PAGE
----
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  • Anthroposopher House

    A Summarizing Work by Makovecz on the Hill

    Architect: Imre† Makovecz Szöveg / text: György Szegő Fotók / photos: Tibor Zsitva

    Drawing by Imre Makovecz

    A house that Makovecz succeeded in building but which he could never move in. The afterpiece of the drama of architecture – somewhere above the oeuvre and beyond it. A chance to understand, now we can take an exam after having failed it in front of us. The significance of a house does not lie in the unity of functions and form – it can be approached from the direction of moral philosophy. I relied upon texts by István Kálmán, one of the leading characters of anthroposophy in Hungary. He and Makovecz started out towards the „freedom philosophy” of Rudolf Steiner after 1956 within an illegal Hungarian groupwork. Later on Makovecz left the Anthroposophian Society as it was too much institutionalized for his taste, but interpreted and understood the world in the wake of Steiner and he made his buildings in his spirit.

    „My architectural activities and my life has an axis, and this axis is anthroposophy, and this whole activity is strung on it, every explanation is possible only starting from this” – this is how István Kálmán quotes Makovecz in his memoir. We could react to this with the question: What has it got to do with architecture? Kálmán remembers their first joint trip to Goetheanum in Dornach in 1965. Under this influence the young Makovecz defined at first „instinctly, then absolutely consciously that [anthroposophy]… is misunderstood, is degraded into the sphere of privacy… instead of behaving normally. This means they could make a life practice in the field of their own profession, in their own environment from the liberating, clear and logical thoughts that they managed to understand with the help of Rudolf Steiner” – said the architect.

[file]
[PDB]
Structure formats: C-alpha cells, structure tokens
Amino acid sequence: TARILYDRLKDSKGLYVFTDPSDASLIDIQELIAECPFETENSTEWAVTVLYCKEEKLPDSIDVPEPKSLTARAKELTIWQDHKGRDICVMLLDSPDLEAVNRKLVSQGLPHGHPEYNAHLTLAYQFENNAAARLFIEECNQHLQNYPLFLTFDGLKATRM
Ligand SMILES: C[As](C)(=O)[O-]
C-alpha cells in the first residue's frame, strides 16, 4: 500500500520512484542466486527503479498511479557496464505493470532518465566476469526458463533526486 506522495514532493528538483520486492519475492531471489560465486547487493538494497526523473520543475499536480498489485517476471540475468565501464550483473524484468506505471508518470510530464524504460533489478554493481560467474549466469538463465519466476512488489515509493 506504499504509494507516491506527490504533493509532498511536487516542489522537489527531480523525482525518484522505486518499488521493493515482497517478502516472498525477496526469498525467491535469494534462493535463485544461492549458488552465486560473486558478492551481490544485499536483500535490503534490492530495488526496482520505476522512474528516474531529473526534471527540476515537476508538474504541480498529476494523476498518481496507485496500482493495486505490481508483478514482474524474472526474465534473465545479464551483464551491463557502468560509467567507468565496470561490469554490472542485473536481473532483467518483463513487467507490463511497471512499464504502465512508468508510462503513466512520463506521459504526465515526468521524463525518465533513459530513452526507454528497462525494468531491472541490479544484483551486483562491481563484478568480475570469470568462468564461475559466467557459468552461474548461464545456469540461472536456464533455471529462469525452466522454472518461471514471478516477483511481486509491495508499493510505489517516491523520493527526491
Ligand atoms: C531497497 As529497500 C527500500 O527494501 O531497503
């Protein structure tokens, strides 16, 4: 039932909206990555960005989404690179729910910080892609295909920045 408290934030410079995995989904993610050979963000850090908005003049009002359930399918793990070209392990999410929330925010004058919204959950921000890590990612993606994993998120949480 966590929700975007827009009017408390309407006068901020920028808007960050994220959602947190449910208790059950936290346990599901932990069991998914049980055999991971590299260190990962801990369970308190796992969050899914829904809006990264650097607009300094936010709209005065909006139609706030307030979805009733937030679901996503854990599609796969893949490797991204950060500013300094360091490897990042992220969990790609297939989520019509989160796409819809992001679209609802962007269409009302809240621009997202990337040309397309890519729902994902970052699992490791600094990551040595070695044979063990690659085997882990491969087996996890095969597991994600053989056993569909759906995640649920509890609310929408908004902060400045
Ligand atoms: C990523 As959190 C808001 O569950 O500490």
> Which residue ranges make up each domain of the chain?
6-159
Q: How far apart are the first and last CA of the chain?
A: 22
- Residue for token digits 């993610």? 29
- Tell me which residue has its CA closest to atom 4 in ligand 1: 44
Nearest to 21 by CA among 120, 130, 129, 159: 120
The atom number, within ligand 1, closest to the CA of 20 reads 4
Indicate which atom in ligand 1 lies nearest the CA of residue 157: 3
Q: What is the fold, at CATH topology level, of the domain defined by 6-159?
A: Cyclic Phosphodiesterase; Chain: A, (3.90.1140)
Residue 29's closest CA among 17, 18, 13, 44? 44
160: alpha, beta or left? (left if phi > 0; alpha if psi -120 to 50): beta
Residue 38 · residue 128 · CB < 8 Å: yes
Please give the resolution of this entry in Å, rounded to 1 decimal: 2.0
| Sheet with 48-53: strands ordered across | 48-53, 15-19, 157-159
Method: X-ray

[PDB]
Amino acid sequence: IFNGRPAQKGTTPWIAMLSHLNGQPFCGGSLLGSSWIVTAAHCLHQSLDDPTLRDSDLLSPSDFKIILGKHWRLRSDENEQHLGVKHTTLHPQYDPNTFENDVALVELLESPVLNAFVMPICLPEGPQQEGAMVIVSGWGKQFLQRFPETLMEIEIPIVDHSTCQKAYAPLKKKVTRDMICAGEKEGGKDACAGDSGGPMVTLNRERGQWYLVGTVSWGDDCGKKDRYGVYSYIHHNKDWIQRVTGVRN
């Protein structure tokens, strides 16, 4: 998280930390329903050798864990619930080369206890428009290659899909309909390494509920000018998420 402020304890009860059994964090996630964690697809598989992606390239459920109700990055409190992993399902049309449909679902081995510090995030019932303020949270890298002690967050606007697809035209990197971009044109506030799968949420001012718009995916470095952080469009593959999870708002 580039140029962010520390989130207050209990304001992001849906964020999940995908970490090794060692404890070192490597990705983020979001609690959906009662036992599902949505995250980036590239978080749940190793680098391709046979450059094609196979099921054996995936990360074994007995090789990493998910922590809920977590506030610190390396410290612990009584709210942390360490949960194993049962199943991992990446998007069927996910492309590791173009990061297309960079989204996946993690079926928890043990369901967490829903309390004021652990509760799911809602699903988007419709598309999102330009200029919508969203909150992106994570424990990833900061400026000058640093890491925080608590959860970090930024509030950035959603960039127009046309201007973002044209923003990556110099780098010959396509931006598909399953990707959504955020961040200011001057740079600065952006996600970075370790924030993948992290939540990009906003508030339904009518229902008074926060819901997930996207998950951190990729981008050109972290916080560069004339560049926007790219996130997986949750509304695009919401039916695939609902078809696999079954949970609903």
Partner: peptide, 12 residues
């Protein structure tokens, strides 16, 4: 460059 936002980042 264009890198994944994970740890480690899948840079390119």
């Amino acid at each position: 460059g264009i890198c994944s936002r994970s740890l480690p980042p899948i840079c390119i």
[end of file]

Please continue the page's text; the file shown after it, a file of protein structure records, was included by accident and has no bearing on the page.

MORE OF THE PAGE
On this trip Makovecz and his friend met Nagy Emilné dr. Maria Göllner, the founder of the Hungarian Anthroposophian Society who lived in emigration then, and the Viennese Friedl Meangya, „who was then the greatest eurhythmist in the world, and conducted exercises for us in Budapest… in which Imre also participated. These exercises led to Makovecz’s »Movement experiments«” – recalls István Kálmán. The first impression is also a meeting with the spiritual leaders. At home it was impossible to complete it with reality, whilst anthroposophy was excluded from social existence, and according to Kálmán his friend avoided being followed as an occult leader, which would have meant that anthroposophy would have been associated with his character in the country. He compares Makovecz to the philosophers of the ancient world who experienced that „the mass that had taken on Christian faith, but had not understood it has destroyed the sacred sites of the pagans, and exiled their scientists”. I understand that this is why Makovecz offered it as a helping mediator the attraction he experienced „towards the Hungarian folk art, the Hungarian past, the atmospheres of Central Europe”. Moreover, he was also able to pass it on to his students in the wake of Károly Kós. The other study by Kálmán interprets the age of King Stephen. Not only the well-known eastern aetiological myth – he also analyzes a thread from the monastery of the German Gandersheim so that we can see the spiritual medium of the foundation of the Hungarian state. In this study the monastery and Saint Stephen are viewed as the builders of a spiritual bridge between the east and the west: the monastery was built by Hroswitha, a poetess (932-1002) who matched the Platonic spirituality of the Greek with the esoteric Christianity. This is the time when Gisella, who was asked by prince Géza – Stephen’s father – to marry his son, was about to become a nun. A photograph by Kálmán shows Gisella’s tomb in the position of a cave-grave which has a small Gothic gate as its opening. Now when standing outside the Makovecz House I recognize the archetype of the tracery: in the windows designed by Makovecz the medieval archetypes of the „wings” and the „third eye” referred to as vesica pisces appear. The backs of the vaults arch like eyebrow-wings – this sign is compared to the angel-wings of Wenders in The Sky above Berlin by Anthony Tischhauser (in Bewegte Form, der Architekt Makovecz Imre, Urachhaus Stuttgart–Gyorsjelentés, Bp. 2001), a monographer of Makovecz (the present is inserted by anthroposophy into the programme of the development of the humanity of the self as the age of Michael archangel). The wings, the flight-experiments of the eurhythmia also plays an important role among the signs of Santiago Calatrava, another genious architect with anthroposophian associations.